Then for five minutes she spoke.

When she had finished he said effusively, "By Jove, Emily, that's the very point which has been puzzling us all. I believe you are the cleverest woman in the world!"

It was quite a little dinner, but an enormous success. Mrs. Kelton told her husband afterwards that Mrs. Guilfoy's cook must be an angel. (Mrs. Guilfoy had cooked the greater part of it herself.) When the ladies had retired Mr. Kelton drew his chair up to the table, and over some undoubted port broached the subject of the case, as Mrs. Guilfoy knew he would. Then, one by one, as a man drives tacks into a board, Tom Guilfoy drove his wife's ideas into the senior Partner's head. The partner was delighted, e rose and shook hands with his barrister, and they finished the bottle in great good fellowship. Then they went up to the drawing-room.

When the carriage was announced, and after Mrs. Kelton had kissed Mrs. Guilfoy, Mr. Kelton said warmly to his hostess—

"Madam, I congratulate you on your husband's ability. He's a clever fellow, madam; he's a dev—— I mean he's solved a great difficulty for us. Gad, an enormous difficulty! I see a future before him, madam. I'm proud of his acquaintance! Good-night."

When the carriage had turned the corner and the inevitable policeman had passed the gate, Tom Guilfoy condescendingly kissed his wife.

A week later the case was heard, and Guilfoy made his first public appearance. He was nervous, but confident, for his wife had drilled the line well into him. He was no fool, nor was he wanting in oratorial powers, and, backed up by the peculiar nature of his defence, he was soon at his ease. His argument was a great success, and his Honour, in giving judgment for the defendant, referred in highly complimentary terms to the ability of his learned brother. Thomas Wyndham Guilfoy's fortune had commenced.

Soon afterwards his wife presented him with a son and heir, and the senior partner stood godfather. The doctor, shaking his head solemnly, said "Mrs. Guilfoy must not be worried," consequently her husband lost a big will case in a most unaccountable manner: he took the wrong line his solicitors affirmed. Then the medical man ordered a sea voyage, and Mrs. Guilfoy and the baby went home in the Valetta. She looked terribly careworn and pale, and her husband naturally felt anxious.

He put up at the club during her absence, and for the first two months wrote regularly by every mail. Then she began to figure in his eyes as a tall, thin, dark-eyed woman, who cried on the promenade deck, and told him to be a good boy, to work hard, and above all, to write often. After this he only wrote once a fortnight.

Somehow or other things began to go very wrong with Tom Guilfoy. He neglected his work, and lost three important cases through pure carelessness. His solicitors remonstrated, but he took no notice. He lost another. They sent their work to J. W. Beeton, of Bank Place, and Guilfoy did not like it.

Then he began to "nip." All men and a good many women know what that means. He scarcely went near his office, but played pool at the club until his hand grew too shaky and he could hardly see the balls. After that for three weeks he disappeared into the black valley altogether.

His wife had been gone six months, and he only wrote when he felt inclined which was not often. His handwriting must have been a revelation to her, for she suddenly wrote announcing her return. Taking the letter out of the club rack he put it in his pocket, intending to read it when alone. About a month afterwards he chanced to find it. The Oratava was expected that day, and he went down to Williamstown to meet her, taking just a nip or two to prepare himself for the interview. He could not trust himself to shave.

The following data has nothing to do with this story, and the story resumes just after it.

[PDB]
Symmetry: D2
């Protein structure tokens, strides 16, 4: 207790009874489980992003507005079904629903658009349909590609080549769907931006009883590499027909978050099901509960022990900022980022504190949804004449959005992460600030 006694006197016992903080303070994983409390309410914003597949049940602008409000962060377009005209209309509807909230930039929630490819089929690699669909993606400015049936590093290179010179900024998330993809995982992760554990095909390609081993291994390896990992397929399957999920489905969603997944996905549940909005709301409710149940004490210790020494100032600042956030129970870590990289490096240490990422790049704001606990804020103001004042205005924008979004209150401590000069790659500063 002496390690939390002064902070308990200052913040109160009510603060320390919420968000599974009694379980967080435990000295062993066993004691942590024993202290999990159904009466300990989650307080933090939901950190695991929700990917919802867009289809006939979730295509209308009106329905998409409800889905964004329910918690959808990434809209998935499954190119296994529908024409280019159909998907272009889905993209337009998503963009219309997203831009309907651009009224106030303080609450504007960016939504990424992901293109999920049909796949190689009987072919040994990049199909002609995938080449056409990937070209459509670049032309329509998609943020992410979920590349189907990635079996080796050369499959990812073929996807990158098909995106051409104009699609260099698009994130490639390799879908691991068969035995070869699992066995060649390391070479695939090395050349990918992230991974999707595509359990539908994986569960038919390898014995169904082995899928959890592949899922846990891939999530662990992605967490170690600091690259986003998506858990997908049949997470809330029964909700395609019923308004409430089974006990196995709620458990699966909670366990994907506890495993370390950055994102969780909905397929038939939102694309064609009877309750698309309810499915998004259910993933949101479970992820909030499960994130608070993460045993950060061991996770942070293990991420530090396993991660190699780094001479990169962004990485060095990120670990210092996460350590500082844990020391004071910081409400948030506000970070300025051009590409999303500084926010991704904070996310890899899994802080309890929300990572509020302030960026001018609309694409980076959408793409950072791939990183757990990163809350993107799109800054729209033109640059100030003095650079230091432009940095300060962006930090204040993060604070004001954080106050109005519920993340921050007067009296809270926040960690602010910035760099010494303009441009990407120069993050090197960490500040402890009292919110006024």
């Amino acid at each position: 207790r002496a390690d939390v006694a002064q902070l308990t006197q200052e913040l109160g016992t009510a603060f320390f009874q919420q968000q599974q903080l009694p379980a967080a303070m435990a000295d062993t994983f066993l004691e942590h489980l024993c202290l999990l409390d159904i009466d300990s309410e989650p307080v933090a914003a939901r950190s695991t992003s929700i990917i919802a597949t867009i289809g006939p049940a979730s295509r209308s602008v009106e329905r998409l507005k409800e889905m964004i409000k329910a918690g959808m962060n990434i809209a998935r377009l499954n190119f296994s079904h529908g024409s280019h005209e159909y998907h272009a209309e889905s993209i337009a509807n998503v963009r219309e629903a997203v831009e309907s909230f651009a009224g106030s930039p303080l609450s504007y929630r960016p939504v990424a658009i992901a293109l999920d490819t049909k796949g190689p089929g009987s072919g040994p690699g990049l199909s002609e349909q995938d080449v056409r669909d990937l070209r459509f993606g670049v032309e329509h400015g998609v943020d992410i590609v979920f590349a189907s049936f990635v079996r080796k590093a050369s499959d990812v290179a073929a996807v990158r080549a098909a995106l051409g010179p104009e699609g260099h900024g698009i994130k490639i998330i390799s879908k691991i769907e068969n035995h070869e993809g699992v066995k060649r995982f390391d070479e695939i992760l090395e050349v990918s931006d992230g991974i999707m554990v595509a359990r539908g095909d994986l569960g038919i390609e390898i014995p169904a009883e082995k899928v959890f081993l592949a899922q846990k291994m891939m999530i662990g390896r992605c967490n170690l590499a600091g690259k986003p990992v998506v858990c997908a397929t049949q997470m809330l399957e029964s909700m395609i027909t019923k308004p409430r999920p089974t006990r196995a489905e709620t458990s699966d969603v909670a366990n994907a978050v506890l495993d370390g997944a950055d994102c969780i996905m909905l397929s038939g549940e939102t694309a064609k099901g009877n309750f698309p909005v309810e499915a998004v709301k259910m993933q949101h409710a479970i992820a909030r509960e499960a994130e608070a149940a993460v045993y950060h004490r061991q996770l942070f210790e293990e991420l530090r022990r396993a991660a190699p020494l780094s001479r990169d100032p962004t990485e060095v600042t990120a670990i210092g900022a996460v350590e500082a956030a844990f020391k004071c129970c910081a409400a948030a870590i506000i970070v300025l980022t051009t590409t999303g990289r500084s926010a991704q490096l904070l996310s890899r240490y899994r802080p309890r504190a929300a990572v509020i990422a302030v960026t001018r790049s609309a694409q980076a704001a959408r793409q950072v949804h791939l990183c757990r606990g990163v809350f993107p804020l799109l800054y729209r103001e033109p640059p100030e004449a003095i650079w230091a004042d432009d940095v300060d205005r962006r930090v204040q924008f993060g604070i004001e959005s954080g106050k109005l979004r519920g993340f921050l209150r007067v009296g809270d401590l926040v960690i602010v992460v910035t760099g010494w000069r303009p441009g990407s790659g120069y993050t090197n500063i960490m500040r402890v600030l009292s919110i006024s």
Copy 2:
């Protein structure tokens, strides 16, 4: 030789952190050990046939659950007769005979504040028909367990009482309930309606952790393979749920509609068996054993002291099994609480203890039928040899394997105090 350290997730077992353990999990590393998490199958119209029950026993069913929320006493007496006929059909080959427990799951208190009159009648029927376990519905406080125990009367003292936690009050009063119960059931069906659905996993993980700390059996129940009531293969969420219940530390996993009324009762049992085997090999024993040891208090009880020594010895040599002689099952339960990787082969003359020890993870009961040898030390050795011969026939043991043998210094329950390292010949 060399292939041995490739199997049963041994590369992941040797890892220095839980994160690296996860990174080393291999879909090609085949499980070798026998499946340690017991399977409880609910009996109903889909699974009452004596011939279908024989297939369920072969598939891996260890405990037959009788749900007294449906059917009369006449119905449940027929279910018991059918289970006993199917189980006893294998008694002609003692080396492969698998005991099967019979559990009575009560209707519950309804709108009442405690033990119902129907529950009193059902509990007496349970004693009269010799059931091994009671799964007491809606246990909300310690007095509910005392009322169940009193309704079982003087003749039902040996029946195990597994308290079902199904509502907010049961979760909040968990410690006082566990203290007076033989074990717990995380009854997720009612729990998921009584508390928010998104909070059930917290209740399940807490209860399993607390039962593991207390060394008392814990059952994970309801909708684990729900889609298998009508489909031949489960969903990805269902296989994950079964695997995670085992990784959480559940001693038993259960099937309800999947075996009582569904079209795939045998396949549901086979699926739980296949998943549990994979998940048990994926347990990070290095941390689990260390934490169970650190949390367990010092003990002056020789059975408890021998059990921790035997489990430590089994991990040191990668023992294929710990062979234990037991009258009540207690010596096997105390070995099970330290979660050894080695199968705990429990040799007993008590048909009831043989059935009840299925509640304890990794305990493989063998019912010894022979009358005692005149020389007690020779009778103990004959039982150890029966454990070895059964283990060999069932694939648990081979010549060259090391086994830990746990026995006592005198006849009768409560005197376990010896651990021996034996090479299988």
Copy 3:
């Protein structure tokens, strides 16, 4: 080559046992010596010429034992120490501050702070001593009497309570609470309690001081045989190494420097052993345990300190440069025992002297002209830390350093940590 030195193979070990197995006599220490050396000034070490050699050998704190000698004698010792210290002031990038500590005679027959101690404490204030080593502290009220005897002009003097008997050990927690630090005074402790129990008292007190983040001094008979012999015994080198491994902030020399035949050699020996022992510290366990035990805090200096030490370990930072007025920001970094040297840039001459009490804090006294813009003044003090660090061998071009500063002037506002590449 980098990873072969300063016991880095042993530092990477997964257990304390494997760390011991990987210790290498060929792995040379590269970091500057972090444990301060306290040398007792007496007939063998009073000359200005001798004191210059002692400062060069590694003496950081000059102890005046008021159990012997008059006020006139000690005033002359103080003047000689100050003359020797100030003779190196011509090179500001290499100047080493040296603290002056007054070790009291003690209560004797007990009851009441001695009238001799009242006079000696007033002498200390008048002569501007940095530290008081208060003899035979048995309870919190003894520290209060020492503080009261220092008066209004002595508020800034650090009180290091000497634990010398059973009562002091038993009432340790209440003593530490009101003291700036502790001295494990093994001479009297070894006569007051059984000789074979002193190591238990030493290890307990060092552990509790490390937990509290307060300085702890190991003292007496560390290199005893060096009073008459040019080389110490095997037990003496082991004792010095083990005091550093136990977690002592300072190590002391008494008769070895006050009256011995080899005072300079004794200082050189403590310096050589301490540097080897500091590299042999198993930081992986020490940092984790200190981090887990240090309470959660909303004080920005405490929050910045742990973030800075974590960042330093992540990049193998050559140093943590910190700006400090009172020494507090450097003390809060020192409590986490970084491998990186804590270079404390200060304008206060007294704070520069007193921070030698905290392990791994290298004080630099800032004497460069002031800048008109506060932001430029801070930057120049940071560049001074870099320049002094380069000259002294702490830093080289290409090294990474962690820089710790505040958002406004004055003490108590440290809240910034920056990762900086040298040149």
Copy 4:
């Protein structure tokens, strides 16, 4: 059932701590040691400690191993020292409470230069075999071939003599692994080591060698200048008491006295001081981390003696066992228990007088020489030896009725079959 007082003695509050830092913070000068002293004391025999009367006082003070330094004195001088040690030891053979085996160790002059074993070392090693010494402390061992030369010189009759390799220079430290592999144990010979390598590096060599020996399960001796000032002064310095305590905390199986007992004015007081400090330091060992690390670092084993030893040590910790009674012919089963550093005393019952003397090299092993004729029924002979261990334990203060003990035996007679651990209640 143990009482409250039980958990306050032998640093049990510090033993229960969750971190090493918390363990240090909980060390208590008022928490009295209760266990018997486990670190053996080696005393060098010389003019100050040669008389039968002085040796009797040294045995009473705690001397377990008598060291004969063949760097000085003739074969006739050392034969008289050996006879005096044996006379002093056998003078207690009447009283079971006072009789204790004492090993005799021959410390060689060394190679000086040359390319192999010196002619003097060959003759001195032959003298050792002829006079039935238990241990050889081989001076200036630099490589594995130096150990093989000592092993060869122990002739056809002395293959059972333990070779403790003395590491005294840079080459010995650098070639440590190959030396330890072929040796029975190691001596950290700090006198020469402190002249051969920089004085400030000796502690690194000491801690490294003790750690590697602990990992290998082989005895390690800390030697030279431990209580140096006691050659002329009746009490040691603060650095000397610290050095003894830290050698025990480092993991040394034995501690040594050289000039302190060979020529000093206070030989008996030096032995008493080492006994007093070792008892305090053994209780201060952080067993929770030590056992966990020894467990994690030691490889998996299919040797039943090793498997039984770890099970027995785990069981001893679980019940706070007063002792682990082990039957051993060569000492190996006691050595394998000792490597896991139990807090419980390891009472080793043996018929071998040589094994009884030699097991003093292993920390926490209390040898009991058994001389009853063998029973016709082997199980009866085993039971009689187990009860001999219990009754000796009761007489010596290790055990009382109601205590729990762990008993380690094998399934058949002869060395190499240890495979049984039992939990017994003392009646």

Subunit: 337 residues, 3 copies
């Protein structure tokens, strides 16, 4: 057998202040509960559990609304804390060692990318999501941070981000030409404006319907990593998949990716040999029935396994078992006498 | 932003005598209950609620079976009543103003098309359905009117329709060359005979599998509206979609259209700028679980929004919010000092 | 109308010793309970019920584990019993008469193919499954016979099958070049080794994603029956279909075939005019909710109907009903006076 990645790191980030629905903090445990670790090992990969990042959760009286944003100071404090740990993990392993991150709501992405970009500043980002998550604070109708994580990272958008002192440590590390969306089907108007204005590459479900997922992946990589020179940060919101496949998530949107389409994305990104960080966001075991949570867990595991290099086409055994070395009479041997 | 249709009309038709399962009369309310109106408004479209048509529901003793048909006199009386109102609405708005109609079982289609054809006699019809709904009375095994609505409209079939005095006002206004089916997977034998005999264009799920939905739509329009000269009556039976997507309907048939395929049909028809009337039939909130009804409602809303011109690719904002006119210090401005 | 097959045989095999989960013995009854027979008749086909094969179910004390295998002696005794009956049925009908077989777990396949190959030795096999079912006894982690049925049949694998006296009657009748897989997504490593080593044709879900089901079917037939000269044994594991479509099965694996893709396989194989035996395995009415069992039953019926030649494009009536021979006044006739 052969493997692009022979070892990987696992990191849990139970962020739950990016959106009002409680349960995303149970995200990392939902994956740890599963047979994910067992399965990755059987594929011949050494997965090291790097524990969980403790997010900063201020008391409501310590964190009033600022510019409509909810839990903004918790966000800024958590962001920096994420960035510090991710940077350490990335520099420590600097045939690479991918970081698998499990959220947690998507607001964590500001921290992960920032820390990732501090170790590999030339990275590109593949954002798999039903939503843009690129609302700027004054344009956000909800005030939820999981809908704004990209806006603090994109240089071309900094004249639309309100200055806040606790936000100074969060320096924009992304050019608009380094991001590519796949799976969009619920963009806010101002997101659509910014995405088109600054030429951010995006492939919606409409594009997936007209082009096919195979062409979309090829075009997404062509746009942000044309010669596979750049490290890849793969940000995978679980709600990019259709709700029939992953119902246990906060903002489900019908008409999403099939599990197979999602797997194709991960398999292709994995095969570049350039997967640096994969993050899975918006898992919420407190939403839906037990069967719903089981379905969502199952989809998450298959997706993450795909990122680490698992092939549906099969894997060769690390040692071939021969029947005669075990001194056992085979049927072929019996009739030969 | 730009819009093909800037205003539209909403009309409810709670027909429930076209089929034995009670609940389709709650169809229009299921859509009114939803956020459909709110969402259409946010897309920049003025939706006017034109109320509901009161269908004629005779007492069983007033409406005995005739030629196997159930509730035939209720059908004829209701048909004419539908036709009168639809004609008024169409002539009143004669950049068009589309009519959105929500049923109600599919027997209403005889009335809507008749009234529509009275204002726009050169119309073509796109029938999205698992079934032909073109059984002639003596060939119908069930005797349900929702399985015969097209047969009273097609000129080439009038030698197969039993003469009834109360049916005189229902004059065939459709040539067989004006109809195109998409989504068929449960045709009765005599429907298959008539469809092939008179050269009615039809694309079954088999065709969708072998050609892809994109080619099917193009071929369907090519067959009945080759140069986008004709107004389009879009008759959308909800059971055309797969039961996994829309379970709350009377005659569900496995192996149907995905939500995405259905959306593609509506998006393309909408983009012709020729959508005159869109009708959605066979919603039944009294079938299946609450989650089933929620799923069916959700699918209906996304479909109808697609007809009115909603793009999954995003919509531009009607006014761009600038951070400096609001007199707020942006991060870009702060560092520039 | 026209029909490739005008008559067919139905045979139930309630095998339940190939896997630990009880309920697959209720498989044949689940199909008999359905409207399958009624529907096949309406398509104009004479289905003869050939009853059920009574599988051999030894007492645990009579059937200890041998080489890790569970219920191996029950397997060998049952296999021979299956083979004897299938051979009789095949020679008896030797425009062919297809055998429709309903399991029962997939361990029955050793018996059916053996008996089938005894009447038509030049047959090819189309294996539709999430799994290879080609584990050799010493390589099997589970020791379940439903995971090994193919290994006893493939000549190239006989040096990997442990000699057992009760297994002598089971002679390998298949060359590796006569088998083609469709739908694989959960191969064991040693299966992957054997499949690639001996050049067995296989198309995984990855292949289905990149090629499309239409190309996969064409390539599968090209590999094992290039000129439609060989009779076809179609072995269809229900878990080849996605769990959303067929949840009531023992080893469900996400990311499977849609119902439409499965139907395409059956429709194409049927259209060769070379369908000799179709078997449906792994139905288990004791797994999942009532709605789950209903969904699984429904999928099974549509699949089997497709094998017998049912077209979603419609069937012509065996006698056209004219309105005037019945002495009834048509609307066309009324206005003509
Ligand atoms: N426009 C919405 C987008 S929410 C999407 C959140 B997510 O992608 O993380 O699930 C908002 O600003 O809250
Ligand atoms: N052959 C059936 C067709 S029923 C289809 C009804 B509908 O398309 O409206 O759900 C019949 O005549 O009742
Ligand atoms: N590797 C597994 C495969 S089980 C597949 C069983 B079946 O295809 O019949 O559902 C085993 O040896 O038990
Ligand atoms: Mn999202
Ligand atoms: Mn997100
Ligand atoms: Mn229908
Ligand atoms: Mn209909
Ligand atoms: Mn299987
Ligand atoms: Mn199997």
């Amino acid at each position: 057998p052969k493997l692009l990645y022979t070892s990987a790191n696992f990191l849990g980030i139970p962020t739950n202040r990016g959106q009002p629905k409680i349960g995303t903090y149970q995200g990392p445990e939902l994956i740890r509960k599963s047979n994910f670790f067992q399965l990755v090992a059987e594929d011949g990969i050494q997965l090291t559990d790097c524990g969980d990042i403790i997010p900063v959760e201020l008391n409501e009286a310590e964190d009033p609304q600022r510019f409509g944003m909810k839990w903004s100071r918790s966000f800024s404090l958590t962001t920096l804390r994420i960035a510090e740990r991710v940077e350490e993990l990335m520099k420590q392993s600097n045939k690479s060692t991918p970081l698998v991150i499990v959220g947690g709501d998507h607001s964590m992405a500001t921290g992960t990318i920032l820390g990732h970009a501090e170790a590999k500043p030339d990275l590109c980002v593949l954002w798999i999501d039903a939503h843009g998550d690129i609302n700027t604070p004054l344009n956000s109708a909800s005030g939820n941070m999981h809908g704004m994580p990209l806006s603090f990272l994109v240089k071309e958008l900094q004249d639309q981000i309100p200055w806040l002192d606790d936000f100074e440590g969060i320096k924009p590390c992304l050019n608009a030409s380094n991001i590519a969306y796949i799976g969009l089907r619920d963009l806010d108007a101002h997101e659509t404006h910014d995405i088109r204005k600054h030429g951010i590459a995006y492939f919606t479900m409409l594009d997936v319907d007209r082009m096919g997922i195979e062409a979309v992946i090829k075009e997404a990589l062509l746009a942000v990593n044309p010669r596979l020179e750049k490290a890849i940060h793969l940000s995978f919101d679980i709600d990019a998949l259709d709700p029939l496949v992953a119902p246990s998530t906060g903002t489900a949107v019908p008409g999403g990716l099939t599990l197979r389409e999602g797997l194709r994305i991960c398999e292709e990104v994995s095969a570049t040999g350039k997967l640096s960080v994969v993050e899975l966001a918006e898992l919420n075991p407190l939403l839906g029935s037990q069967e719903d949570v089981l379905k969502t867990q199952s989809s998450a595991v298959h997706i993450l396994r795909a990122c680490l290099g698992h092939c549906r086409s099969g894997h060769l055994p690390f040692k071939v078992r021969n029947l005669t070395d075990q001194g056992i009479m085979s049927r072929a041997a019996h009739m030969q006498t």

Arriving on board, he hunted about for his wife. She was in the saloon, and two stewards, counting spoons at a side table, looked out of the comers of their eyes at him and winked at each other.

I have said before that Mrs. Guilfoy was a clever woman. I withdraw that statement and say that she was the cleverest woman that breathed. Another wife would have shrieked and fainted on being welcomed by such a scallywag of a husband as Tom Guilfoy looked at that moment, but she did neither; she was far too wise. Conceive it if you can! But I tell you that that radiant, majestic creature, beautiful as Aurora, floated up the saloon towards him with her hands outstretched, and before he knew where he was she had kissed him on either cheek, crying—

"Tom, Tom, my dear, dear boy! Oh, how glad I am to be with you again!"

Then she took him home, and he felt like a bad little boy who, anticipating a whipping, had been unexpectedly forgiven.

Now how that woman worked no one will ever understand; but she slaved, she toiled, she fought, she struggled night and day to lift her husband back to his lost position. She was popular before she left, she was a thousand times more popular when she returned. Nobody could deny her anything; and even old Kelton began to think that after all perhaps he'd been just a little too hard on Tom.

A small brief followed. She brushed her husband up, gave him his cue, and he won. Two more cases, and his nerve returned. By this time he could run downstairs without using the banisters.

His cure was complete, and everyone said that Tom Guilfoy was a better man than they had thought him. Of course he got all the credit—that's what is called the justice of life!

Since then he has left the club severely alone, and his wife takes precious good care that he "nips" no longer. He trusts to her judgment in everything.

To-day there is not a more popular barrister in Melbourne than Thomas Wyndham Guilfoy, and as for his wife—well, I'm not going to say what I think of her. The English language does not allow a man sufficient words to do her justice.

Locked up in an old-fashioned writing-desk (Mrs. Guilfoy's private property) is a small bundle consisting of twelve letters tied up with black silk. They represent six months of her married life. To Tom Guilfoy they are a sealed book; he never likes to think of when he wrote them.

This work was published before January 1, 1924, and is in the public domain worldwide because the author died at least 100 years ago.